Sunday, April 22, 2018

176. “We’ll go back in the past } just once.”

Come together over dirty messiah John ‘n’ Yoko over me—what do I know? You and “you’ve got to be free.” On Abbey Road, “Come Together” mocks unclean hippy Kurtz whose wisdom is diseased. The third “shoot” is “shoot me” (Anthology 3 “Come Together”: shoot… shoot… shoot… look out!). “He’s one” becomes “he one” but sounds like “he wants”—“he’s one holy roller,” “he’s one spinal cracker” “he’s one jo jo [go-jo? mojo?] filter.” But Live In New York City “Come Together” wants to be a piece with Lennon’s political songs (“Woman Is the Nigger of the World,” “Attica State,” “Luck of the Irish,” etc.). Come together “over you” and “over me, over you, over there” and at the One to One concert “come together, right now, stop the war!” For “Come Together” to work as a rallying cry slogan (akin to “Give Peace A Chance” and “Power To the People”), you’ve gotta ignore “old flattop” who “just do what he please” and hear only “one thing I can tell you is you’ve got to be free / come together / right now / over me.”

Lennon’s attempt to recast “Come Together” points toward its origin as a campaign song for Mr. Timothy Leary.

[At Madison Square Garden, August 30, 1972, someone in the crowd shouted “Help!”; Lennon laughs (“Ha”) then says, “We'll go back in the past, just once. You might remember this better than I do, actually.” To the band he says, “Okay. Something about a flattop. That's all I know. One two a one two three four!” When they finish performing “Come Together” Lennon says, “Thank you thank you, I nearly got all the words right, too.”]


  1. if you continue these wonderful hyper-concise summaries I may be in danger of ending up not disliking the Beatles.

    . . . a troubling thought . . .

  2. Far be it from me to change your head. I'll write less wonderfully in the future.


  3. I'll see to it me head is toppled off so's to retain for the world any future writings you may produce.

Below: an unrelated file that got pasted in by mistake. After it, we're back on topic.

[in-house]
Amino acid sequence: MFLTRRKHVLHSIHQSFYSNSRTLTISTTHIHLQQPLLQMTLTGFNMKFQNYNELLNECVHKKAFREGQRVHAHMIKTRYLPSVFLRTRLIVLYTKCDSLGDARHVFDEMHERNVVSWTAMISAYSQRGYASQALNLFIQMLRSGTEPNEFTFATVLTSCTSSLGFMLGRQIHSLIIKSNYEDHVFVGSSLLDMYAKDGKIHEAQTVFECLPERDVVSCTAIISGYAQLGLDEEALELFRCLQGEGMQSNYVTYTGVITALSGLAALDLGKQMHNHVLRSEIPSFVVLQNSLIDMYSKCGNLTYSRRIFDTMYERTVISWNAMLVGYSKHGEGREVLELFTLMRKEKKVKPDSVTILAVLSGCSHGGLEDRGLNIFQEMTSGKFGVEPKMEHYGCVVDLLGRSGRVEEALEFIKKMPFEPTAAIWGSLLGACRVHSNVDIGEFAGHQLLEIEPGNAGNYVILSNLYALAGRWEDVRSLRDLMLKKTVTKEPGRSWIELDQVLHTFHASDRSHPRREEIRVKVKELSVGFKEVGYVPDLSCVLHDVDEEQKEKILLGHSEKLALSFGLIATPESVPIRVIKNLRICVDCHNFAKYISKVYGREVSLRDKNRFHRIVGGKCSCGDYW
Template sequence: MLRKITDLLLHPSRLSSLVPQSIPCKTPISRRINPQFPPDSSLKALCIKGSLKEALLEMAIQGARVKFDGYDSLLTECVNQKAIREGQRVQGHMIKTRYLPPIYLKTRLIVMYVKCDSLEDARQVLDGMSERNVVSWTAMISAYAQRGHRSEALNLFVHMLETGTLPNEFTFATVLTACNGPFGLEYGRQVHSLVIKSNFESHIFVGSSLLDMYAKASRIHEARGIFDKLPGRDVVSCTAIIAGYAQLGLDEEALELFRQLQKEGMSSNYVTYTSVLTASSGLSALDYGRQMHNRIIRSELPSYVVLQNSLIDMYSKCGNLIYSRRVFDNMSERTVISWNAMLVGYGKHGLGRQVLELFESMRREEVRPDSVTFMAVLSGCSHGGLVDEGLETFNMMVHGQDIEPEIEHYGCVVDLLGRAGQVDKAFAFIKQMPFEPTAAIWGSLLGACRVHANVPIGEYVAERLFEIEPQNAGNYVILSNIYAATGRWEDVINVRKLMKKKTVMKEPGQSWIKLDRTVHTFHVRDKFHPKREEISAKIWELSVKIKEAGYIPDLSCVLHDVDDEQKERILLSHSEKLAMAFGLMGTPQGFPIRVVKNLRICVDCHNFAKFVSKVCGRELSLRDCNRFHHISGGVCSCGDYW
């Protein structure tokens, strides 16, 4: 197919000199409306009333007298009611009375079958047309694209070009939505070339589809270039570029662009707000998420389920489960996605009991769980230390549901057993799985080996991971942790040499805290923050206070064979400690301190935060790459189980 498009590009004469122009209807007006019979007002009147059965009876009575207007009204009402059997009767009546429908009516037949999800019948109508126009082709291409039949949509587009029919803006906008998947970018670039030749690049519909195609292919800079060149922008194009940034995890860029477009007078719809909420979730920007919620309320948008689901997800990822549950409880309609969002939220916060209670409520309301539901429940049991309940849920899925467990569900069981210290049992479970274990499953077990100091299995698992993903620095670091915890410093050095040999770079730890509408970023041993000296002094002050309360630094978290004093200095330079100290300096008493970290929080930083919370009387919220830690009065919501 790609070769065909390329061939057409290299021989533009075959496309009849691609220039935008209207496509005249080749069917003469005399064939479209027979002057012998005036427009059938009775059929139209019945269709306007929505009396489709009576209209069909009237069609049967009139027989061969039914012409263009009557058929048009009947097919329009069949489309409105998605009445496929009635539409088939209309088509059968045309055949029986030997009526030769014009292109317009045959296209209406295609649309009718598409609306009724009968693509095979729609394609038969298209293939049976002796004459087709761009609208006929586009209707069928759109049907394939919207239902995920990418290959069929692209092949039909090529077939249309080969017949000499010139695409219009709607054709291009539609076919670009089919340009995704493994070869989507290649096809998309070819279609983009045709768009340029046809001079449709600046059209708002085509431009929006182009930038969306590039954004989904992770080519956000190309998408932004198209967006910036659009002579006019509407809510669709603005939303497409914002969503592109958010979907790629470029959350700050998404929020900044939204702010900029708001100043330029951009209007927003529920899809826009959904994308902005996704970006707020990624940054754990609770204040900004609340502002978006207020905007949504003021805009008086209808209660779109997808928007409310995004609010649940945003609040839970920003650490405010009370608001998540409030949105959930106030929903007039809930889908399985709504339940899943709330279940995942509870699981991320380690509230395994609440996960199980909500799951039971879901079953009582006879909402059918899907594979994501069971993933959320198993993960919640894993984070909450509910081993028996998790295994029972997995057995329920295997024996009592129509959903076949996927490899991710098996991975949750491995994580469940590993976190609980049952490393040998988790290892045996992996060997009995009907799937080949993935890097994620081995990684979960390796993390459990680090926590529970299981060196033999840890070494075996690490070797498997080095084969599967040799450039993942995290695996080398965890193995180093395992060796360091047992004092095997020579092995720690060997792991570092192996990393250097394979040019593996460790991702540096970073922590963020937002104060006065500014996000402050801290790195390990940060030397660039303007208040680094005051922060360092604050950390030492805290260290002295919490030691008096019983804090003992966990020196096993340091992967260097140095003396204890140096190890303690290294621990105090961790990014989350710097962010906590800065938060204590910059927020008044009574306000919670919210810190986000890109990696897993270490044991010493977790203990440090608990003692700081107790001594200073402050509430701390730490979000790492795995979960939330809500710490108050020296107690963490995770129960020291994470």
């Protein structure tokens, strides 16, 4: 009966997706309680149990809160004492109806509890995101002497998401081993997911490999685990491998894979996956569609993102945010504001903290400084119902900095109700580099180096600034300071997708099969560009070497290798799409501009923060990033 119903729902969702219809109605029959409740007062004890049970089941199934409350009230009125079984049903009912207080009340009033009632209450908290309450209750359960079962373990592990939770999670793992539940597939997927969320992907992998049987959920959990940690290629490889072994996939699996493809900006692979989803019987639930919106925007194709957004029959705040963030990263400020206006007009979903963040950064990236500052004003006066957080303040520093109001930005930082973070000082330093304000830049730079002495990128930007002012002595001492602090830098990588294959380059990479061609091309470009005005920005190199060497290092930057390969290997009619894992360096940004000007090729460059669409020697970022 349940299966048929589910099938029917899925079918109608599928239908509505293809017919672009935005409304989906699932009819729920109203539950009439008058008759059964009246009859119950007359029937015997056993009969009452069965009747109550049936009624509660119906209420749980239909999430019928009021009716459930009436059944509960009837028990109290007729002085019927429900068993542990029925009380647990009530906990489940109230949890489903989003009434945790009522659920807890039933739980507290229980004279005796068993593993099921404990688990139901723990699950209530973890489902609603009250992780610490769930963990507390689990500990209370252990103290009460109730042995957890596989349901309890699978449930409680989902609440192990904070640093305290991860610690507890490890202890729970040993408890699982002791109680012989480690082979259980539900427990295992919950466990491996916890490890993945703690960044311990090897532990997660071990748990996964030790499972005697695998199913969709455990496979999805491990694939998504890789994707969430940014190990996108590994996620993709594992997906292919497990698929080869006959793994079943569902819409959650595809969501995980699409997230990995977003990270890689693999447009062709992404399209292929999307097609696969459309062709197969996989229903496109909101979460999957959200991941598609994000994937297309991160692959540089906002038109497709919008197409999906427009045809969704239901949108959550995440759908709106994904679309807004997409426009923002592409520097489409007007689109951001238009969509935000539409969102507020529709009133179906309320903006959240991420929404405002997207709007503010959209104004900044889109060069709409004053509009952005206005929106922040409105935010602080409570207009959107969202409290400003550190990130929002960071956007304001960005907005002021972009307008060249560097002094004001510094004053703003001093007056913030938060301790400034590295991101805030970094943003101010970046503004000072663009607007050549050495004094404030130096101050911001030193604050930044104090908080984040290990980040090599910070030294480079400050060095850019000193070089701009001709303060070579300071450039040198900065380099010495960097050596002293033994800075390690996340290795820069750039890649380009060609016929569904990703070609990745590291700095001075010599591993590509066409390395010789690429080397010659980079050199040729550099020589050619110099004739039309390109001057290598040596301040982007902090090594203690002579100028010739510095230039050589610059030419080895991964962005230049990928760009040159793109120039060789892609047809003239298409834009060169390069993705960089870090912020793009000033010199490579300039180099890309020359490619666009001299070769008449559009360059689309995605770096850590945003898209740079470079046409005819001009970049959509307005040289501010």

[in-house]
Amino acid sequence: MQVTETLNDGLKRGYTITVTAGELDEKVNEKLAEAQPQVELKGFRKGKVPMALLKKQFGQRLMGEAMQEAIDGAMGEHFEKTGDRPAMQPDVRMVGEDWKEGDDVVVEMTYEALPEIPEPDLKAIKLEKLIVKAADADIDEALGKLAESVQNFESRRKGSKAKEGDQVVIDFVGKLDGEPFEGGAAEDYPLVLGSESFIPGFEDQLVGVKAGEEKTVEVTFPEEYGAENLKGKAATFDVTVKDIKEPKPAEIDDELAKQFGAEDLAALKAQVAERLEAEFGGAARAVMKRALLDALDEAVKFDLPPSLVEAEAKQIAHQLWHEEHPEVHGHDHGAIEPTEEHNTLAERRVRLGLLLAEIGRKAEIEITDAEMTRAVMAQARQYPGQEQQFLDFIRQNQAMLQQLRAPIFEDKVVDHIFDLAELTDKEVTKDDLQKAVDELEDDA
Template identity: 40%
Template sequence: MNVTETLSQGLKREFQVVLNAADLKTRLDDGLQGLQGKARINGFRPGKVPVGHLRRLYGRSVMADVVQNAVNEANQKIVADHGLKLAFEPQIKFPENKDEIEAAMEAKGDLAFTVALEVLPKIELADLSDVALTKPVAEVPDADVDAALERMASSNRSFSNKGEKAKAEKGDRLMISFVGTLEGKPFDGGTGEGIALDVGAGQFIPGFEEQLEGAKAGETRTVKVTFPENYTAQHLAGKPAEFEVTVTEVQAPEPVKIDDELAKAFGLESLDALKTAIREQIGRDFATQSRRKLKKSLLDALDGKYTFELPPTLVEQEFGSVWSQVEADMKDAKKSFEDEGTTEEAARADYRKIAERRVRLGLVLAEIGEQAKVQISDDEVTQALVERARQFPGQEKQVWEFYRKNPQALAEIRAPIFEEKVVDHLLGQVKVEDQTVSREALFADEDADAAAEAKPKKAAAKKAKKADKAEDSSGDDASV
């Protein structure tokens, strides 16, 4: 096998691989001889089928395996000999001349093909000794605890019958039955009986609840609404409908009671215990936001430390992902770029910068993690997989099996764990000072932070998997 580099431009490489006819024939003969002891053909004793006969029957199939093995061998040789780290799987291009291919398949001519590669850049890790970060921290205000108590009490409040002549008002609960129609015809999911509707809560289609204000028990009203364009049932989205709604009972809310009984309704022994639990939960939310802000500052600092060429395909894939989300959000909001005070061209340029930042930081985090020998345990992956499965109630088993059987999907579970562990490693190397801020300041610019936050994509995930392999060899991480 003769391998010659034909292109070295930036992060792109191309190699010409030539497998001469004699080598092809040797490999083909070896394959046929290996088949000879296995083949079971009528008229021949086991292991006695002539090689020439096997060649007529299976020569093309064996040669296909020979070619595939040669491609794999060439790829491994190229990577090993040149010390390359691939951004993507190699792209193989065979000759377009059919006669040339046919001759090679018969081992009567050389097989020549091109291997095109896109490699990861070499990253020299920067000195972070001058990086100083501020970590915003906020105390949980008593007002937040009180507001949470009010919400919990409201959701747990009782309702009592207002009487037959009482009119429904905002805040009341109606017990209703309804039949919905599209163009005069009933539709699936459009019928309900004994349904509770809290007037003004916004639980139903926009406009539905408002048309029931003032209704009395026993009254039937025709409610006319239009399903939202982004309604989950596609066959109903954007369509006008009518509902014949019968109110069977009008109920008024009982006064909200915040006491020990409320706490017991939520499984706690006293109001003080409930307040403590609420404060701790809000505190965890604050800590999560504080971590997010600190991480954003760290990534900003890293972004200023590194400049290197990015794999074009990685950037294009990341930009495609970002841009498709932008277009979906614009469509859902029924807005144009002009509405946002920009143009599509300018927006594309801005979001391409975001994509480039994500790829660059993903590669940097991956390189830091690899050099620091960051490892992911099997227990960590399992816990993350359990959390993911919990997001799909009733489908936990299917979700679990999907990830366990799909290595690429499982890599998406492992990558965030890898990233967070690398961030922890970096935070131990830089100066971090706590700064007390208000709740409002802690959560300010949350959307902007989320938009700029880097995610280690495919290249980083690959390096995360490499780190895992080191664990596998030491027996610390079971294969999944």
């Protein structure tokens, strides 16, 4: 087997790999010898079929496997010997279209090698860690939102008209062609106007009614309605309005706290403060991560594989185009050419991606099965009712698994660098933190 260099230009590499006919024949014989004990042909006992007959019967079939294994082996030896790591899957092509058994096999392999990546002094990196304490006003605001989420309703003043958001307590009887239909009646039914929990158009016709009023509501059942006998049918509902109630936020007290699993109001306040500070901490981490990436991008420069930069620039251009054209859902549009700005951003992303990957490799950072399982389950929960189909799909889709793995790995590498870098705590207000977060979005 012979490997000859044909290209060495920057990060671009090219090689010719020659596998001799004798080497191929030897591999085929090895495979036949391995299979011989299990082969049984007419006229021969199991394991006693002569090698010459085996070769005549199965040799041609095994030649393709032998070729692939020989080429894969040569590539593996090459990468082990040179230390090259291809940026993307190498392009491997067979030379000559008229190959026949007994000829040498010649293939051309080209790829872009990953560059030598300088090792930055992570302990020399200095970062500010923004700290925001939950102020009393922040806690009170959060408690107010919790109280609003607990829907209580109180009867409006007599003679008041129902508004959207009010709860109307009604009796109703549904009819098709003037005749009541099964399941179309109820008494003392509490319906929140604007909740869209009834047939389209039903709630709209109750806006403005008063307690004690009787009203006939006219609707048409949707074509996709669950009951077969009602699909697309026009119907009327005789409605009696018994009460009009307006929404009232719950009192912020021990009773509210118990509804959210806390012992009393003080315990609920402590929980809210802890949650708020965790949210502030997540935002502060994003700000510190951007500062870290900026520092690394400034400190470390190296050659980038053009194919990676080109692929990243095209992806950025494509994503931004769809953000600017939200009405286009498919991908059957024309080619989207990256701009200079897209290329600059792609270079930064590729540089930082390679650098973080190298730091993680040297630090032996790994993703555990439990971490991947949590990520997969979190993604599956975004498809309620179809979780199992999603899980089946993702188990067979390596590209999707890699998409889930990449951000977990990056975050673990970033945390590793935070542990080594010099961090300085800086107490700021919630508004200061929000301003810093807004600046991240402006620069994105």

Actually I am studying this, I can't write about music. Follow a small motif through entirety of the music-in-question's career; is a note I have made. This is helpful.

    What if the music is so obscure you are worried no-one will be able to listen to it no matter how well you write about it? I find this stymies me.

  4. A goal (not "the" goal) of music writing is to make readers want to listen. A reader shouldn't *have* to listen to enjoy the writing, even if they would enjoy the writing more. "Come Together" is a well-known song, but well-known songs tend not to be *listened* to. And really, I don't write that much about the song--in this piece, I'm more interested in the way the song was repurposed by Lennon.

    A piece of music would have to be pretty damn obscure not to be readily available online. Are we talking about music that was recorded onto tape and shelved? Music not-yet-written?

  5. there is a 1 of 1 merzbow recording that is purposefully stuck in a tape player in an car. I think thurston moore bought it (he had to buy the car. basically) -- that is likely not online.

    There are all sorts of things still not online in fact. But there is dropbox.

    More sometimes I think it would be nice to have someone acknowledge my thinking re: a piece of music. An agreement, or "oh I see what you mean". A nod would do it.

    To have someone approach a music because of what I had written about it, that would seem like a success to me, & I cannot imagine it happening. I think I have tried now and then.

    Is it about loneliness? Music has a particular loneliness? Despite it being made by a group &c . . . ?

    Feel free to email to continue this conversation if blog comment is unpleasant.

    Tho let me say I enjoy sending these thoughts out to you and your responding.

    "well known" songs tend not to be listened to you -- you say, that is an interesting point, another tendril . . .